Married couples often mistakenly think that passing information from one to the other is not rechilus. They assume that because their lives are so intertwined, each should know what the other knows. This, the Chofetz Chaim cautions us, is wrong: “One should not reveal this (i.e. rechilus) to others, even to members of his own household.”
A classic illustration of the dangers of rechilus between husband and wife is the tragic episode of Korach’s rebellion.
Korach was born to the tribe of Levi, and before leading his rebellion, he was considered a great man. Yet he led a shameful challenge against the leadership of Moshe Rabbeinu (our Teacher) and in the end he, his family and his associates died a terrible death.
Our Sages (Sanhedrin 110a) inform us that it was Korach’s wife who incited him to rebel. She convinced him that Moshe had personal motives in mind (G-d forbid) in appointing his brother Aharon to the Kehunah Gedolah (High Priesthood) and in other decisions as well.
On the other hand, the wife of Ohn ben Peles convinced her husband to leave Korach’s camp, thus saving his life. To these two women our Sages apply the verse, “She who is wise among women builds her house, but the foolish one destroys it with her own hands” (Mishlei 14:1).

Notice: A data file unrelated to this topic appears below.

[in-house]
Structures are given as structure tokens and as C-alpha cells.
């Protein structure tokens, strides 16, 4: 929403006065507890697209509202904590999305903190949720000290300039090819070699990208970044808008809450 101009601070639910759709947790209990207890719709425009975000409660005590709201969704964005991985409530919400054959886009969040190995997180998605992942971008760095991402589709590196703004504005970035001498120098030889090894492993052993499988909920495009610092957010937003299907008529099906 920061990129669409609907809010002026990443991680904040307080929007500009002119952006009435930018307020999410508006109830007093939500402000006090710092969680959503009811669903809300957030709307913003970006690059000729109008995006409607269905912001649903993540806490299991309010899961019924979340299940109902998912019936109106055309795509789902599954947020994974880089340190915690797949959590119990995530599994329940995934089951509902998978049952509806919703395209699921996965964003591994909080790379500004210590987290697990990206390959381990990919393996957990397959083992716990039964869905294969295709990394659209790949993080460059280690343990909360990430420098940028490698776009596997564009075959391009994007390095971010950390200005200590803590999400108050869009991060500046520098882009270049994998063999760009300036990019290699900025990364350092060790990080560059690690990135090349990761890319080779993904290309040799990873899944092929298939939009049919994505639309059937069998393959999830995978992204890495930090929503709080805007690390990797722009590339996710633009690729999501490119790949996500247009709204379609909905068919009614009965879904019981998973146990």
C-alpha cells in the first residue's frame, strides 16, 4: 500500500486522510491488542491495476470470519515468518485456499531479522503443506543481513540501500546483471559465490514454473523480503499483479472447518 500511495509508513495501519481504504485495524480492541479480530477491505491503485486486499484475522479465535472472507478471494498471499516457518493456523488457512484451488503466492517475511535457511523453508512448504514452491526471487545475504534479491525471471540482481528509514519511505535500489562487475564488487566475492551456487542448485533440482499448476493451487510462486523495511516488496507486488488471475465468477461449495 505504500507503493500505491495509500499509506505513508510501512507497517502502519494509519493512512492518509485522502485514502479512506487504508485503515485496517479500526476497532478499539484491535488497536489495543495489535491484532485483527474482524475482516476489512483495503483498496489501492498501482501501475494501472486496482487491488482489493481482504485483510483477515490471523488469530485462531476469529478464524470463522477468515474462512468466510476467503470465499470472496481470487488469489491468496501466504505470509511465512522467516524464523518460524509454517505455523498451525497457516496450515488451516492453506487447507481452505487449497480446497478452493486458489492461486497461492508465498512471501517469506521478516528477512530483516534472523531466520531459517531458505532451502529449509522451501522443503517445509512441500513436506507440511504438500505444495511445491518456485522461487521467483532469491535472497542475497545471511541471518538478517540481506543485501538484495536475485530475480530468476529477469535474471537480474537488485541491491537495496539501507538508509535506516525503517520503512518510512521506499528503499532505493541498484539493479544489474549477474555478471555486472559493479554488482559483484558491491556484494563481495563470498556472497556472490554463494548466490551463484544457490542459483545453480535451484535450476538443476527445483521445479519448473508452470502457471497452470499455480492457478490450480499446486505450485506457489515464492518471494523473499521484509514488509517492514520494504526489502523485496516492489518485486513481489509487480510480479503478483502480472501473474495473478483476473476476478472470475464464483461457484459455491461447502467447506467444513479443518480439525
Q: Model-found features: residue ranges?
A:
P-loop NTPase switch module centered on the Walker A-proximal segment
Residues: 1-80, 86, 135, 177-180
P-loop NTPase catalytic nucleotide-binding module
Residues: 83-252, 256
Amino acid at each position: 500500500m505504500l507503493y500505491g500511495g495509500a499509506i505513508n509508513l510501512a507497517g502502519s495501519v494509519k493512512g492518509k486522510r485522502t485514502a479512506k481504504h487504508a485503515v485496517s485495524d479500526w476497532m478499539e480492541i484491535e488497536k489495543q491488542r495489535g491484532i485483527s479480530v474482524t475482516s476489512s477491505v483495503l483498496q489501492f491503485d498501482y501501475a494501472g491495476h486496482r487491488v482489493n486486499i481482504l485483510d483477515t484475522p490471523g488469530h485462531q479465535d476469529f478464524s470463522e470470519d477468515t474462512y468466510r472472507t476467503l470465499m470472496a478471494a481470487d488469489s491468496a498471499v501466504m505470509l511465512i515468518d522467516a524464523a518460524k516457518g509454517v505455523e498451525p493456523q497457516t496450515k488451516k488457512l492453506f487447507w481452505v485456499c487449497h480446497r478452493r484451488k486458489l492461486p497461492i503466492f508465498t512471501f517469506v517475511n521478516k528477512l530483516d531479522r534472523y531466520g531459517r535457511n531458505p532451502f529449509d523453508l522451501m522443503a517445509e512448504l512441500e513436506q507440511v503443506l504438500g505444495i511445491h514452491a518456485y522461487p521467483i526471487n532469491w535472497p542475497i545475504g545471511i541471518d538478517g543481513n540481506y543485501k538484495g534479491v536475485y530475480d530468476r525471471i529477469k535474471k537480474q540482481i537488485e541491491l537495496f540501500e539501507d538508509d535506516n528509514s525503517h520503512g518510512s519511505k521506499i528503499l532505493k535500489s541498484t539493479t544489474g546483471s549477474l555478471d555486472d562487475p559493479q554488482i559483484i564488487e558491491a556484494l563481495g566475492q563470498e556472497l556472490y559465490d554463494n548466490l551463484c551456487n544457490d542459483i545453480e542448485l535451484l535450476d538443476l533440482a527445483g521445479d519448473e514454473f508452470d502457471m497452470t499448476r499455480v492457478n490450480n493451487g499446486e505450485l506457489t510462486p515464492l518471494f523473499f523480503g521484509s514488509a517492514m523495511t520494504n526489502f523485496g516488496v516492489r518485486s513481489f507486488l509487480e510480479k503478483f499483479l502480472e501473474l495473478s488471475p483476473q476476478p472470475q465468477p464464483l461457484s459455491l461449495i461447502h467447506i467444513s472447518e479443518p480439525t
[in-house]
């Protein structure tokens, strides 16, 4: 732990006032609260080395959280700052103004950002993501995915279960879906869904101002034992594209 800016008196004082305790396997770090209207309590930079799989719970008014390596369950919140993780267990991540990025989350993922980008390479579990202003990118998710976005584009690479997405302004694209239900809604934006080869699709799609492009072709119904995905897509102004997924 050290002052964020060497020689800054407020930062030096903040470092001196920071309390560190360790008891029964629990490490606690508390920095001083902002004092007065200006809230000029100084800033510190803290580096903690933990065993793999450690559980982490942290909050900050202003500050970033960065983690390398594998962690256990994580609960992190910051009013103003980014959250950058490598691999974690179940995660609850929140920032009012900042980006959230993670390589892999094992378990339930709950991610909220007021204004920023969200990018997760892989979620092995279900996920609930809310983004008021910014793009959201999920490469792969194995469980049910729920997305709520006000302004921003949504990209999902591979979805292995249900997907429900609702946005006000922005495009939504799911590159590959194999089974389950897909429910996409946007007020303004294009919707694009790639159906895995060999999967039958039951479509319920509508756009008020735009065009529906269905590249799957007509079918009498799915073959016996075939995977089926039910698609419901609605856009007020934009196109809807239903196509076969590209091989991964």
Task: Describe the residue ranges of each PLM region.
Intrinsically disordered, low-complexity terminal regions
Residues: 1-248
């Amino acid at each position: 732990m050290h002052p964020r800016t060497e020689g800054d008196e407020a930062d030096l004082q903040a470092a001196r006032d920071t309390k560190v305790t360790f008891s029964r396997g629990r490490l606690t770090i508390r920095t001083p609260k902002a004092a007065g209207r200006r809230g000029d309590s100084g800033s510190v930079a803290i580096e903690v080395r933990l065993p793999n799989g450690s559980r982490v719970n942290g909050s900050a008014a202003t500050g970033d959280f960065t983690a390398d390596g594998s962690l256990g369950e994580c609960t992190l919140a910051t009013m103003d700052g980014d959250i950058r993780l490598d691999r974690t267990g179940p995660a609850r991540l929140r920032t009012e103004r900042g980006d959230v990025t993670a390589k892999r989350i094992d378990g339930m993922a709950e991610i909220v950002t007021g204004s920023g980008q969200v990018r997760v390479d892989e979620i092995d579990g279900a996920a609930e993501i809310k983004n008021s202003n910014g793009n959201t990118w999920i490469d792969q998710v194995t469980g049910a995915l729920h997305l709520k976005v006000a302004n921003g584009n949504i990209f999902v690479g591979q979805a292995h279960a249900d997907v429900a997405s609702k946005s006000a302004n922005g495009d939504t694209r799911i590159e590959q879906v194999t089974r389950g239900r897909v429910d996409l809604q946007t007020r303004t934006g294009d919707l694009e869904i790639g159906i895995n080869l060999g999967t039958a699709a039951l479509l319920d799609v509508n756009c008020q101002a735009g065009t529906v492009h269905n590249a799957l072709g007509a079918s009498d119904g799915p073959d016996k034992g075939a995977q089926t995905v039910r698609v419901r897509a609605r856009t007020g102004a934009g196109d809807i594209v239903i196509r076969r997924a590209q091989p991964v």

The story has been told of a man who discovered that his business partner of many years cheated him out of a sum of money. The man was prepared to “wage war” and break up the partnership. A friend in whom he confided convinced him: “You’ll go home and tell your wife about what he did. She’ll blast his wife while you blast him. Most probably, your partner and his wife will go on the defensive and have some of their good friends join their ranks. Soon, the feud will be the talk of the town.
“Take my advice. Sit down with your partner and, without raising your voice, try to work things out. Offer to call in an impartial mediator, if necessary.”
The man accepted the advice and was able to resolve the matter to his satisfaction. By accepting his friend’s wise advice, much rechilus, sinas chinam (baseless hatred) and strife was avoided.
(The subject of Mheiman K’Bei Trei is discussed in Day 106.)